Review: We Are Never Meeting in Real Life

Essayist Samantha Irby is the sort of person you feel like you’ve known your entire life, even though the title of her second collection of essays, “We are Never Meeting in Real Life,” makes it clear you have not.

Irby’s writing, which also appears on her wildly popular blog, “bitches gotta eat,” is filled with the sort of honesty that comes during pajama conversations over Doritos with the closest of friends: vivid descriptions of bodily functions gone wrong; fantastic diatribes about the finer points of sex and cable television; and break your heart open truth about poverty, anxiety and growing up essentially raising your own parents.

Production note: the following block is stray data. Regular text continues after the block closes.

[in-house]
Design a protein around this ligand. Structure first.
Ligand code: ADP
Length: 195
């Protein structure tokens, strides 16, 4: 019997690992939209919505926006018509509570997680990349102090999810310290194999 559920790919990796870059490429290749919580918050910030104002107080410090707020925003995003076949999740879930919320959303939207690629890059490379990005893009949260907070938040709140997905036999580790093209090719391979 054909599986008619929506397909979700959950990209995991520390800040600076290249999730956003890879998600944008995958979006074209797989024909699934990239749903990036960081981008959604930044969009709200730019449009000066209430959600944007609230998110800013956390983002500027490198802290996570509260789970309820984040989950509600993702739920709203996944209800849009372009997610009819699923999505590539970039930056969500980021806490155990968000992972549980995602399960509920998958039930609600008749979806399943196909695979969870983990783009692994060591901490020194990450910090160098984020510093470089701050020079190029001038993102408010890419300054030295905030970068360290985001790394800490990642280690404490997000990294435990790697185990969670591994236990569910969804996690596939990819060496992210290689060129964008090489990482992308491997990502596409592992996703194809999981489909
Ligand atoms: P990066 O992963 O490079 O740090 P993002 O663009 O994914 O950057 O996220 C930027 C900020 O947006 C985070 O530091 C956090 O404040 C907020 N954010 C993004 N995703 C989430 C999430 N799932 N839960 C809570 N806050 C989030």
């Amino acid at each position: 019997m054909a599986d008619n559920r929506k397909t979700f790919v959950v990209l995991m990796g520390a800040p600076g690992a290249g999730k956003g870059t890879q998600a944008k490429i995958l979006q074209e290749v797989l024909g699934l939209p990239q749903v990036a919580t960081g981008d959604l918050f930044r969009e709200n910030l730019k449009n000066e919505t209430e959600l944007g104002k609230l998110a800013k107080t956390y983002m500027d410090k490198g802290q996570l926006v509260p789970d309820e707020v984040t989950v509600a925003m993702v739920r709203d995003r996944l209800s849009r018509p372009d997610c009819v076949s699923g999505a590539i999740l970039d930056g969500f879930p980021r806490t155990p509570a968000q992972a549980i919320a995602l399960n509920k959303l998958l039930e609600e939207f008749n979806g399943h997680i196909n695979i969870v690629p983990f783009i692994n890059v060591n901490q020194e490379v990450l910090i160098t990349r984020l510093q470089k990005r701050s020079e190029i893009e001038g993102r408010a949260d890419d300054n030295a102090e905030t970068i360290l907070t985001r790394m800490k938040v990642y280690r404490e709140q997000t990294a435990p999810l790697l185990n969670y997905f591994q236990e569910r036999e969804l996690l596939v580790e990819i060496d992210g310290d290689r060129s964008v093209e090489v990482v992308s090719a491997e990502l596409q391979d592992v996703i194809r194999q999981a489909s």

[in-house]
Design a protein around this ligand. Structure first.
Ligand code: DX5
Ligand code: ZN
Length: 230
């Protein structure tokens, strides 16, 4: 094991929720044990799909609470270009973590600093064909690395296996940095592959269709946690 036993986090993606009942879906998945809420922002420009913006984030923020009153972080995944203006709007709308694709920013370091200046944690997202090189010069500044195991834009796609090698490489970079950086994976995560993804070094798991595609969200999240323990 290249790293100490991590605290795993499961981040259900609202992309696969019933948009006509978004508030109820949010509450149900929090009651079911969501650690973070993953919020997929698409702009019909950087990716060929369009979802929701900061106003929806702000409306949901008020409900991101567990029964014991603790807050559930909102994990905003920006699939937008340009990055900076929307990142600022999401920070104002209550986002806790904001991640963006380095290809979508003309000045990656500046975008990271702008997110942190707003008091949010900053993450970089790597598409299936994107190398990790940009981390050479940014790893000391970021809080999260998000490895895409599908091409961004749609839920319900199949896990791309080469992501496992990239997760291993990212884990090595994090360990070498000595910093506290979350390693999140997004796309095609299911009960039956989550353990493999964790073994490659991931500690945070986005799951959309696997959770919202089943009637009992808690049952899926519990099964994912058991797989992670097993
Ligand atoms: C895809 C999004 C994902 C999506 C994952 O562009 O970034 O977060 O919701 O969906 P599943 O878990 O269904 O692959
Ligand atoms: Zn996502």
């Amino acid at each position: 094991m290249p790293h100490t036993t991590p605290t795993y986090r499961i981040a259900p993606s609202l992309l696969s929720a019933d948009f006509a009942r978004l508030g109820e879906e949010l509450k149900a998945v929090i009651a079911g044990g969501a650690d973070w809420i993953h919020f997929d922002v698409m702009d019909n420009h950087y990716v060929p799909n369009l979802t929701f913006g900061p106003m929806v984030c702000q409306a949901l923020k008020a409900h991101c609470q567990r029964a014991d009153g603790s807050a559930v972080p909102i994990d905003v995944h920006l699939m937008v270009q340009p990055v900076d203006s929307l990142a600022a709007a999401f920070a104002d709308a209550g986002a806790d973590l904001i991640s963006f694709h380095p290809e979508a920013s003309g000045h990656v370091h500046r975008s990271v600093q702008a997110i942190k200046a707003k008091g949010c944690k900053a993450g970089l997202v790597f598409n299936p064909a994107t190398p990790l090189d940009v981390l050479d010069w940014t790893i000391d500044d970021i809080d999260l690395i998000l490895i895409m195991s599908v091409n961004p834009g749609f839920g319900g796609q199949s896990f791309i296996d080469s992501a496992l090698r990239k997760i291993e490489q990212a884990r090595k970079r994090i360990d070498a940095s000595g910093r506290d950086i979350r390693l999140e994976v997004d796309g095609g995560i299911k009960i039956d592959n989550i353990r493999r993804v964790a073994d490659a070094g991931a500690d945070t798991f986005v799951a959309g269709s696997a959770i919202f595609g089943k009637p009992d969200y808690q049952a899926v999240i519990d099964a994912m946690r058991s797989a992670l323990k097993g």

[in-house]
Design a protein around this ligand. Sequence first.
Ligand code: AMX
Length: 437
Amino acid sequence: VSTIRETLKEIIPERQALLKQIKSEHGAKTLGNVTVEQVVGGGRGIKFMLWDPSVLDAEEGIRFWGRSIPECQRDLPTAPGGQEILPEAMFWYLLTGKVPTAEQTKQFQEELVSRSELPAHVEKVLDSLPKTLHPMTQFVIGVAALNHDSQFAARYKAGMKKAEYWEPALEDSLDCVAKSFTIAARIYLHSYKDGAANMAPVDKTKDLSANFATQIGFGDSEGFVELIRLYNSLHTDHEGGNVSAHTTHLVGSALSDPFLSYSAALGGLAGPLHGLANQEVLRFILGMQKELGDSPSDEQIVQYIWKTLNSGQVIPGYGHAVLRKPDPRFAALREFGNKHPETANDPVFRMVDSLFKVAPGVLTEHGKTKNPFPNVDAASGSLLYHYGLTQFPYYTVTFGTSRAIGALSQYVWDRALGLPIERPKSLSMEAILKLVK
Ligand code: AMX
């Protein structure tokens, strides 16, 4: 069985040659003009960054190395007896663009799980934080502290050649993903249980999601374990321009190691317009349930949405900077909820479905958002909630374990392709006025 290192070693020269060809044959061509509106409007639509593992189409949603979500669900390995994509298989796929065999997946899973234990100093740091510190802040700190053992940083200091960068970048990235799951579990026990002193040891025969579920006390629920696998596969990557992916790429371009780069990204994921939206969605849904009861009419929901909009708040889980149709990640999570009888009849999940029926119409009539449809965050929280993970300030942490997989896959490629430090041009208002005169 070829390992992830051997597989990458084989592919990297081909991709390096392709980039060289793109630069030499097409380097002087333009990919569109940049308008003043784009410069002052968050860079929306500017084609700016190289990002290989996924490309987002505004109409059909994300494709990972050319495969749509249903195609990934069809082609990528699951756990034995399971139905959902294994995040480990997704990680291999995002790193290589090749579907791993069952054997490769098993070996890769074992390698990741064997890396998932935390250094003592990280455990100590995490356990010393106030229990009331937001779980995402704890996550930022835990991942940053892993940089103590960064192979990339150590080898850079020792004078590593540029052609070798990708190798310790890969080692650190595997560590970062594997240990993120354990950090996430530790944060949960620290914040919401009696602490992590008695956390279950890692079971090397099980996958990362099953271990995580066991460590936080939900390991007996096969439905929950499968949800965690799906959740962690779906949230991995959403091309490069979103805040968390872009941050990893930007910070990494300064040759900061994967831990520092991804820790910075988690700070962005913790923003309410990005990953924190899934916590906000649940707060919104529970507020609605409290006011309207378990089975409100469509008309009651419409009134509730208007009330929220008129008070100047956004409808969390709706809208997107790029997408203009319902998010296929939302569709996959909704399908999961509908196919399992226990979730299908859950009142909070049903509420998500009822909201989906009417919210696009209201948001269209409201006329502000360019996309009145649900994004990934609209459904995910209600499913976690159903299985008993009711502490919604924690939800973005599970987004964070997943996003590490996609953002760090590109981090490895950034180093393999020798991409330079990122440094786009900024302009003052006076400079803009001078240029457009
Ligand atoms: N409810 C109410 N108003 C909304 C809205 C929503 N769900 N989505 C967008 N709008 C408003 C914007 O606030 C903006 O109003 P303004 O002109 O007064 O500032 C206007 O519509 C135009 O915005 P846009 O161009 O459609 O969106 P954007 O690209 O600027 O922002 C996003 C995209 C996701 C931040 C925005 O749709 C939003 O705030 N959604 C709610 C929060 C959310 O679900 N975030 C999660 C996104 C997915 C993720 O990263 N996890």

Irby’s mother had multiple sclerosis and was largely immobile, and her father was a crippling alcoholic who was “just totally broken.” In one essay titled “happy birthday,” Irby explains how when she was 15 her father moved her mother out of a nursing home and into his apartment so he could receive her benefit checks. “The three of us were such a goddamned nightmare,” she writes.

But in a later essay about traveling to Nashville to spread her father’s ashes, Irby reflects on “whether I could accept a room service order without a bra on. Like, what if it’s more than an exchange of plates or whatever and I have to awkwardly tuck my tits into my armpit to sign a receipt?” This is Irby’s genius: her essays are never entirely serious or entirely lighthearted. Rather they move like we do when trying to make sense of something great: vacillating between raw emotion and wild humor.

Being funny takes a certain kind of courage. But to be this open and real about the grit of life is only for the fearless. That is Samantha Irby, and we should be proud to go along for the ride.